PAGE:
Over the past few years, social media has taken the political scene by storm. Whether its toppling regimes during Jasmine Revolution or helping countries find new leaders like we saw in the US and in India, social media is playing a major role in shaping political opinion, affecting outcomes and changing the very premise of politics in some cases.
Having said that, social media has its limitations and can many a times simply be adding to the hype without making many changes to the ground reality. To demystify all that and to help you make better strategies when planning for your social media campaigns for politics and elections, here are 10 simple points –
1. Social Media is not equal to the electorate
Now there are multiple ways to look at this. First let’s talk about the all important twitter. While twitter is one the most important news and discussion platform out there, the number of people actually active on twitter is quite less than what people imagine it to be. The ones who are active indulge in heated arguments, trade charges and create enough noise, for everybody to feel that twitter is the game changer. It is ‘a’ very important influencer for sure, but not the only one. Secondly, even though there are many netizens all around, it doesn’t always necessarily mean that they are voters or that they are the people, influencing whom will help you win the elections.
2. Likes are not equal to votes
Fans and followers can be, and are bought by one and all, officially as well as unethically, in some cases. No matter if you have a few thousand, lakhs or a few million followers, the number of followers or likes that one has aren’t really always the people who will vote or ask somebody to vote for you, but simply the people who are subscribed to you, which includes well wishers, fence sitters and also the ones who are waiting for the next opportunity to take a pot-shot at you. To be able to actively do that, some people even subscribe to pages’ notifications so they can be the first one to comment and criticise when somebody says something.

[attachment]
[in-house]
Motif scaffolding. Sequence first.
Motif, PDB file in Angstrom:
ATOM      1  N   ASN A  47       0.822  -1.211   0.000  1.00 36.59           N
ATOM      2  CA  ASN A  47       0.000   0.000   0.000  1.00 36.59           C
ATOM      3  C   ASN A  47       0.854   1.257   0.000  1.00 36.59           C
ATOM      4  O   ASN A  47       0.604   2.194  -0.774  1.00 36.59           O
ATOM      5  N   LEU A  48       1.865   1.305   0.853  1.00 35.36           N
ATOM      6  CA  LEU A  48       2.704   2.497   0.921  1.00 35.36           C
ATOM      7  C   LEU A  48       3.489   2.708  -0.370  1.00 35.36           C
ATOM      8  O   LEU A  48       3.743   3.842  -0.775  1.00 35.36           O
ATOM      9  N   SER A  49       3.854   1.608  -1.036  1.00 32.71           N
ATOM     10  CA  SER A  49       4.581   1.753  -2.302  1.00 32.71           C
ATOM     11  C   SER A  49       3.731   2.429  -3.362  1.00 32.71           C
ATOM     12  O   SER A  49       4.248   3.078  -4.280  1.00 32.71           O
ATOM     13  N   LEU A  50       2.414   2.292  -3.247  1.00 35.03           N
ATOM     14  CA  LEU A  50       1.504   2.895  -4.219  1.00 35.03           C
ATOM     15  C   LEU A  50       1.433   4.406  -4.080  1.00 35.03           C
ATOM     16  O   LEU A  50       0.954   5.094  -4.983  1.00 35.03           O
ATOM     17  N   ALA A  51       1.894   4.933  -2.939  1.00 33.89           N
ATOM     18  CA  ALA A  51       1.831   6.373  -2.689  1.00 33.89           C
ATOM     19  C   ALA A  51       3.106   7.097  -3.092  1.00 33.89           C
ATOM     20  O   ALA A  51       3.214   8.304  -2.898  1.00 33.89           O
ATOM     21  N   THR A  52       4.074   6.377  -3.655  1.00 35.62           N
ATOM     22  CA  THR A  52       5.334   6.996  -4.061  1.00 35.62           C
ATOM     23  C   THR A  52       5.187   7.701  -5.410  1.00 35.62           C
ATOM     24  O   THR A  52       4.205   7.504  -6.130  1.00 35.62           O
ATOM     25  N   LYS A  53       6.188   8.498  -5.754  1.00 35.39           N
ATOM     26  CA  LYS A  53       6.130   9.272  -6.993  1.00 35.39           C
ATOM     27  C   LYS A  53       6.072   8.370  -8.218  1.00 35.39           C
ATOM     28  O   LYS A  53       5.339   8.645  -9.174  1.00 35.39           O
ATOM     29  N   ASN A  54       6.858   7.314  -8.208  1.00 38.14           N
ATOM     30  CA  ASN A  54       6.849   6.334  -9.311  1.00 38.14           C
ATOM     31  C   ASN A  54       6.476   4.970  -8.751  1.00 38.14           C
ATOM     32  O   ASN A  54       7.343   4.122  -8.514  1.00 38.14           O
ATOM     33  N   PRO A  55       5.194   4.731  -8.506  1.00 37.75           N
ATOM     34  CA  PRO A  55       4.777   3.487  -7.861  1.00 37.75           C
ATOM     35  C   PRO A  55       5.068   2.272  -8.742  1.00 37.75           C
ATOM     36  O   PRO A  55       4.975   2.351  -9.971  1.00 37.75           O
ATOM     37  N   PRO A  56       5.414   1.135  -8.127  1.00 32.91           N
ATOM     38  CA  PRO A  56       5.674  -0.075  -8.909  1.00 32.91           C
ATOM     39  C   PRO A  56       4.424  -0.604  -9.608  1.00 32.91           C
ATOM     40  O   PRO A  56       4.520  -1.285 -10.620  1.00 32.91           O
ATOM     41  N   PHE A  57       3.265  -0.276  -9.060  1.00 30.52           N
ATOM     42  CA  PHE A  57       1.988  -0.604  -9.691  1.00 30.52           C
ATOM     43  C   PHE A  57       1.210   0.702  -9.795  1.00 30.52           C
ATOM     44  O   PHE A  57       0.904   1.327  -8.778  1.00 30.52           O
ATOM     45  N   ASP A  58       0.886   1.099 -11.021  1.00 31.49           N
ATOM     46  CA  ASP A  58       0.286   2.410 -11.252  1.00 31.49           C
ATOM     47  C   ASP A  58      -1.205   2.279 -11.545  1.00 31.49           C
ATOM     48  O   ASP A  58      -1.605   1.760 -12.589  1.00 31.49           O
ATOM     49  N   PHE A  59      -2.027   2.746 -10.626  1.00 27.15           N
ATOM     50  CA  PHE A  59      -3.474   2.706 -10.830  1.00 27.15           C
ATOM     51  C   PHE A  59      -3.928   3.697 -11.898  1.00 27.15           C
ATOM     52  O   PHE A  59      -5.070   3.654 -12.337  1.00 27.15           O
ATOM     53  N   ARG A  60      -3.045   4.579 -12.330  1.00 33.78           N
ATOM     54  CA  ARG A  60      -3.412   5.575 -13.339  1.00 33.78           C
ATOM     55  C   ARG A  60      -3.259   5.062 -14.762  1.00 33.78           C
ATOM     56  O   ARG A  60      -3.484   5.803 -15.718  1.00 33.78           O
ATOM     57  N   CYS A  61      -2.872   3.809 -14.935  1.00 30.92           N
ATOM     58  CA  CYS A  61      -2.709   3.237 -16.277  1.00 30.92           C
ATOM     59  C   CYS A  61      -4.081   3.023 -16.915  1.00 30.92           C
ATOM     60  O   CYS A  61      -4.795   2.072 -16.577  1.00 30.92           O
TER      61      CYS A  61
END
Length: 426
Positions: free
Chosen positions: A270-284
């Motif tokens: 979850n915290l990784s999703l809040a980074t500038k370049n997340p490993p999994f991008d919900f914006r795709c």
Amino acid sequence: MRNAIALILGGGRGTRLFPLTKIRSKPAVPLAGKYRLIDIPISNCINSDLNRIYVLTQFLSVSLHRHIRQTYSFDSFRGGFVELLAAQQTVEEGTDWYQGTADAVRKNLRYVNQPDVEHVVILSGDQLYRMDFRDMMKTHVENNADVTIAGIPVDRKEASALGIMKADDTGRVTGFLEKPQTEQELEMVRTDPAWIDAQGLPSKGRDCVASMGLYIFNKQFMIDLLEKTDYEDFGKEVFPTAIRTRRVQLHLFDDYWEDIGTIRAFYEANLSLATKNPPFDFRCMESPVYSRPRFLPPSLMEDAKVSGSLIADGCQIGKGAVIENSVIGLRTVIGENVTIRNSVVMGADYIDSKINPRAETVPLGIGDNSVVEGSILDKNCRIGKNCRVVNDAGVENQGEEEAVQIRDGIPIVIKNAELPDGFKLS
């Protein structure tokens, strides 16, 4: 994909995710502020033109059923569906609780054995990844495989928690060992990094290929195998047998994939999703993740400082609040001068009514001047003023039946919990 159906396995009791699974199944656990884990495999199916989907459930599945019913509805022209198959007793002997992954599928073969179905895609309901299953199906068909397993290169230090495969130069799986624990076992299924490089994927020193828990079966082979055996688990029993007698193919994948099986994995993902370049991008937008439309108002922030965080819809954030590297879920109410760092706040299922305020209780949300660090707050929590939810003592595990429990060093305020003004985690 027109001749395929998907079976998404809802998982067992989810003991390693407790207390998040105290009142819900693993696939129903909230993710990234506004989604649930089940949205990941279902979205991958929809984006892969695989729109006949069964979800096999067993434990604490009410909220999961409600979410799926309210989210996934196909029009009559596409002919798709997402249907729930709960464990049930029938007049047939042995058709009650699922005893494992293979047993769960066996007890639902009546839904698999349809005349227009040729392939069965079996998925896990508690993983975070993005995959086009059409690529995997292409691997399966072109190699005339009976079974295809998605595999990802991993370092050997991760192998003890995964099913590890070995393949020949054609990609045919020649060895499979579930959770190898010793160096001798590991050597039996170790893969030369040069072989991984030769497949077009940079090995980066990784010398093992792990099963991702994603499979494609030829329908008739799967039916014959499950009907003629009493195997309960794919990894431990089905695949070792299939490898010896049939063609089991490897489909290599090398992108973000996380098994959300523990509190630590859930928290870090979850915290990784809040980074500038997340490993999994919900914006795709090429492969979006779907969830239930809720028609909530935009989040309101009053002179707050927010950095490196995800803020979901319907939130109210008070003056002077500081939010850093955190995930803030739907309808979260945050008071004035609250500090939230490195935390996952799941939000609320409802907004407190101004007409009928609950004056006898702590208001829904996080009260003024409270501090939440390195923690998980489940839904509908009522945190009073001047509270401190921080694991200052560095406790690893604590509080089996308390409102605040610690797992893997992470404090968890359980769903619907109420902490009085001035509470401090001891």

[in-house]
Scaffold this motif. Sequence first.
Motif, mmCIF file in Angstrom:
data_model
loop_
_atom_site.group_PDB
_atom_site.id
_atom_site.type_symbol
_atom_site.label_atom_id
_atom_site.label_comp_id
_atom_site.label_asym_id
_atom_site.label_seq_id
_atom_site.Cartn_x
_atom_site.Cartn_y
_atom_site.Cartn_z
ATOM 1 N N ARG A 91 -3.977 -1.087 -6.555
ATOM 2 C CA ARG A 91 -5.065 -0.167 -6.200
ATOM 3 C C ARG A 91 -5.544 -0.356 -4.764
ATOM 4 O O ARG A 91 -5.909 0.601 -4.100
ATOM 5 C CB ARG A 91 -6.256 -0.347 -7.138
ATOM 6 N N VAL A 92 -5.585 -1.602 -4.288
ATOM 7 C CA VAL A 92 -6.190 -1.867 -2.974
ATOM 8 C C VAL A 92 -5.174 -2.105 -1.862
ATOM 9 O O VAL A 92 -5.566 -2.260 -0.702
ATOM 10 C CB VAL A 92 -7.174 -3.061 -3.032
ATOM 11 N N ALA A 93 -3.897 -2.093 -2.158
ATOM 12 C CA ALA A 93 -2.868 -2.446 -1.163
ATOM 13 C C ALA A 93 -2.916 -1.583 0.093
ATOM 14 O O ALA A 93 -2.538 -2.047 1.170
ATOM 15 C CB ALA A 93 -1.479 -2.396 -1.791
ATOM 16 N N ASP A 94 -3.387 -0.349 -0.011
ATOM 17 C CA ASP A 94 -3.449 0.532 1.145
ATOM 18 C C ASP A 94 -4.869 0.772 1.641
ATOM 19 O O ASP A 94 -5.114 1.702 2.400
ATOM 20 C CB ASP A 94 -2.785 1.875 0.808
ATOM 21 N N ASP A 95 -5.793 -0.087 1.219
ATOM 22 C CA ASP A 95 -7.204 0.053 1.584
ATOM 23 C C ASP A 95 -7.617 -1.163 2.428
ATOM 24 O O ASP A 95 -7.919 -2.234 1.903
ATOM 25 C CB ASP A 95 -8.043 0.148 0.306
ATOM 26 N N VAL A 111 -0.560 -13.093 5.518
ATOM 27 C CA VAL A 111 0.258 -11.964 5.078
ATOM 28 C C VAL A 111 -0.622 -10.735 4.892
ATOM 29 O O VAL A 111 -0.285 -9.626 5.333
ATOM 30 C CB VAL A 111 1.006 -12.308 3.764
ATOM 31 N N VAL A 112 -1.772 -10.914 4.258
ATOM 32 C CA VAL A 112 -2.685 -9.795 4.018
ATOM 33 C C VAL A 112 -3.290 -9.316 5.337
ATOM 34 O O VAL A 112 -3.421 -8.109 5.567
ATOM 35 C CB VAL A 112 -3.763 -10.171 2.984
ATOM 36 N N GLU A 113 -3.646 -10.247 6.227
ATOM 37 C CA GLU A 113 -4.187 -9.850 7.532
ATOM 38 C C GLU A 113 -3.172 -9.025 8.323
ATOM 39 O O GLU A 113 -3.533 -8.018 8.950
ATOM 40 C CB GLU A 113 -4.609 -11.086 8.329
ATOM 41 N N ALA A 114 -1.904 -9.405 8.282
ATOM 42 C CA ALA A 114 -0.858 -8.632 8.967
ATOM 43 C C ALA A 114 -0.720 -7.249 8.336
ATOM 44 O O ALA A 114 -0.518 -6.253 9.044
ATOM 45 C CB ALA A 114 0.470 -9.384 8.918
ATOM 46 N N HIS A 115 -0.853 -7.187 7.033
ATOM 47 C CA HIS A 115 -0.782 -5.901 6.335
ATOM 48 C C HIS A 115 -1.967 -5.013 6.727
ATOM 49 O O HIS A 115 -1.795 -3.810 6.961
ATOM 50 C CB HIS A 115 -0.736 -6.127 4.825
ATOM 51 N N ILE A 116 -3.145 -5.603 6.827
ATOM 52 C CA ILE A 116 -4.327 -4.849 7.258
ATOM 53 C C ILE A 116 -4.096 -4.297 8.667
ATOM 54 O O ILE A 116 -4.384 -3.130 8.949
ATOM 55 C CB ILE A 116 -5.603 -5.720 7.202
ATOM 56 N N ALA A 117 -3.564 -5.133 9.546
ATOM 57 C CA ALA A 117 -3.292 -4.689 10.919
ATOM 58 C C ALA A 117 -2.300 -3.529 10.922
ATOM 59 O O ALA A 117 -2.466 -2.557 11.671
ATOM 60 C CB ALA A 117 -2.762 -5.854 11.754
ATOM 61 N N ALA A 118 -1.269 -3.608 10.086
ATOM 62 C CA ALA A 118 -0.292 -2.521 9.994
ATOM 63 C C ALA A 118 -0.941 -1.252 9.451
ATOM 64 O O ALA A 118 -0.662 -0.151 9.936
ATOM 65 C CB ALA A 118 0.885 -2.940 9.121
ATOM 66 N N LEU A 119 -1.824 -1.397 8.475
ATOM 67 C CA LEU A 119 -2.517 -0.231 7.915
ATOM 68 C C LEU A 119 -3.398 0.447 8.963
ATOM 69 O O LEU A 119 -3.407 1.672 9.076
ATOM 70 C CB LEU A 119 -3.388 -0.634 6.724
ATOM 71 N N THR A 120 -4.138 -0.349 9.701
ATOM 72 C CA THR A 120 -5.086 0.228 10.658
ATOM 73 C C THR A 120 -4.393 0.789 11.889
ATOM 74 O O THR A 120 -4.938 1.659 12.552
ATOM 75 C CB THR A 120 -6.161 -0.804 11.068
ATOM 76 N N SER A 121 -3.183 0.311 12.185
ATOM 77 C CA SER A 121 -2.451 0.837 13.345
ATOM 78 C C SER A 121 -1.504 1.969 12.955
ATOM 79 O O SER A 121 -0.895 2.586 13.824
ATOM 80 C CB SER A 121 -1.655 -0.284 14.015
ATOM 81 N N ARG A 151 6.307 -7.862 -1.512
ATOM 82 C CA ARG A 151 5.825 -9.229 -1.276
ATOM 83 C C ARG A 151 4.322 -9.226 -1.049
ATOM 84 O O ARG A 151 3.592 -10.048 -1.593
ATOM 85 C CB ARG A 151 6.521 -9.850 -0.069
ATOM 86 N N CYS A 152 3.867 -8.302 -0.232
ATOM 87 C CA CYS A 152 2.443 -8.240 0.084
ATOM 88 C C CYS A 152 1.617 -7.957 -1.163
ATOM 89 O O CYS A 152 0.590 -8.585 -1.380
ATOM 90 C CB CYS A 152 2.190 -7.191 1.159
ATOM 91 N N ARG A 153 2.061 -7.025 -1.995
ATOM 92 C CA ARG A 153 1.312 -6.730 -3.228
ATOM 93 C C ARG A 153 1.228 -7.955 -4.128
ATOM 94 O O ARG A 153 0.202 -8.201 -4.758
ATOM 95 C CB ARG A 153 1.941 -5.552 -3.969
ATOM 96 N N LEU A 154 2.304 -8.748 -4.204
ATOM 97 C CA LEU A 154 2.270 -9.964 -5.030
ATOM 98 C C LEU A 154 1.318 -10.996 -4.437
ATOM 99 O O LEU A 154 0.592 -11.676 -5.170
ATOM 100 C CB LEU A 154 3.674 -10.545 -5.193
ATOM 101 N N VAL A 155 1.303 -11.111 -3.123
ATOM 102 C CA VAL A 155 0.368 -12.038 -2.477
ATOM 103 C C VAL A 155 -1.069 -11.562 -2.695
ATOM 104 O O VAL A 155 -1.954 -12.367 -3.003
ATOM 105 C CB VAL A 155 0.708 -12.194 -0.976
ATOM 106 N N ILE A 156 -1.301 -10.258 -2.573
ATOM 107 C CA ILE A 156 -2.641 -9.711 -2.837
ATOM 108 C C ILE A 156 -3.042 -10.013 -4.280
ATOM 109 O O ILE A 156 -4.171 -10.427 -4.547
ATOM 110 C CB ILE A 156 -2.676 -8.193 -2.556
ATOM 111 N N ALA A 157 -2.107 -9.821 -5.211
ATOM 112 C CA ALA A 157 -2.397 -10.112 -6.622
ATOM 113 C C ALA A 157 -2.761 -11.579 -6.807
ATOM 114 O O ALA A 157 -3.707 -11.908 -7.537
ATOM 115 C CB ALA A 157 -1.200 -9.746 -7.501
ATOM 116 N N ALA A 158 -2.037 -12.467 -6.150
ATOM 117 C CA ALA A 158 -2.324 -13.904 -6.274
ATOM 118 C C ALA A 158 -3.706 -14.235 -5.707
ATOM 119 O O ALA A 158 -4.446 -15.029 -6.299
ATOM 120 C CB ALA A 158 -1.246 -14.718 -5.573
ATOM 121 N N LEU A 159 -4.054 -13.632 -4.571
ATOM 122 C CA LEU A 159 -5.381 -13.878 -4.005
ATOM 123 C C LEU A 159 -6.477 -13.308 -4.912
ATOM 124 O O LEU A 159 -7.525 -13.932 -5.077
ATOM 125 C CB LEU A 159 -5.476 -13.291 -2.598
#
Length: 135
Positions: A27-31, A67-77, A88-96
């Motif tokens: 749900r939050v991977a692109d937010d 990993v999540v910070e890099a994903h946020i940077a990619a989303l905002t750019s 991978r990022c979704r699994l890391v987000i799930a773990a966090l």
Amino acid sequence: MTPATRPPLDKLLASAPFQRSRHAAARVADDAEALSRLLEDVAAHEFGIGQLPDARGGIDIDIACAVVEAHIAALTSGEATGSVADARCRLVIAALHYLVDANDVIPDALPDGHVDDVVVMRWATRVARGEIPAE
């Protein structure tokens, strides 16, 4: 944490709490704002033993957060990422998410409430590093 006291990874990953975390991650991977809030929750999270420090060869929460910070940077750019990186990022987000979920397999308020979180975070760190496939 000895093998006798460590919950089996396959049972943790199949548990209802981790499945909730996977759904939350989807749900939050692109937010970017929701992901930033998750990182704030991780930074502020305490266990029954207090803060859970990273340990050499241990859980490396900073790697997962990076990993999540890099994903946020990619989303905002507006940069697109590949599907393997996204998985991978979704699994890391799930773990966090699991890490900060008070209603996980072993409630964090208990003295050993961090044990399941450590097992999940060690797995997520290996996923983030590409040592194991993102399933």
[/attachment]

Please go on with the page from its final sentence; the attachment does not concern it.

3. Never solely rely on social media
You see, the basic point is that social media is easy, and that’s why everybody does it. If you also unconsciously belong to the same category, then maybe it’s time to change gears. Social media can help create influence, can also help you win an increased number of votes, but if your entire strategy is a social media only strategy, then it can only get you as far. Depending on where one is contesting an election from, the social media influence will change (A simple way to know how many people in your region are on social media is to log on to facebook advertising manager and select your city to get the number of facebook users, which can be a fair estimate of the total users as well). Eventually the work that you do on the ground, the way traditional media positions you and the word of mouth publicity that happens will all impact the results.
4. You see everybody and everybody sees you
No matter how smart a strategy you think you have come up with, everybody sees what you are doing, just the way you keep a track of what they are up to. This is in fact one of the most important characteristics of social media – everybody sees everything, and everybody can know everything. So while you act smart and think up new strategies, you need to be extra smart by keeping an eye on what everybody is up to so you can be a step ahead of the game.
5. LinkedIn can swing it
LinkedIn can contribute in immensely powerful ways to your campaign. While many global political leaders are already on LinkedIn, others also realise its importance and are slowly getting on to it. The logic is simple, to win an election, you need to influence all sections of the society. Even though the busy working class may in a lot of elections be a smaller percentage if you compare it with the masses living in the hinterlands or the people spending time on facebook, but that small niche segment of people on LinkedIn can give you a very significant edge over competitors, not just in terms of number of votes, but also in terms of finding sponsors for your campaigns, driving corporate support and spreading positive influence in the power corridoors of an industry.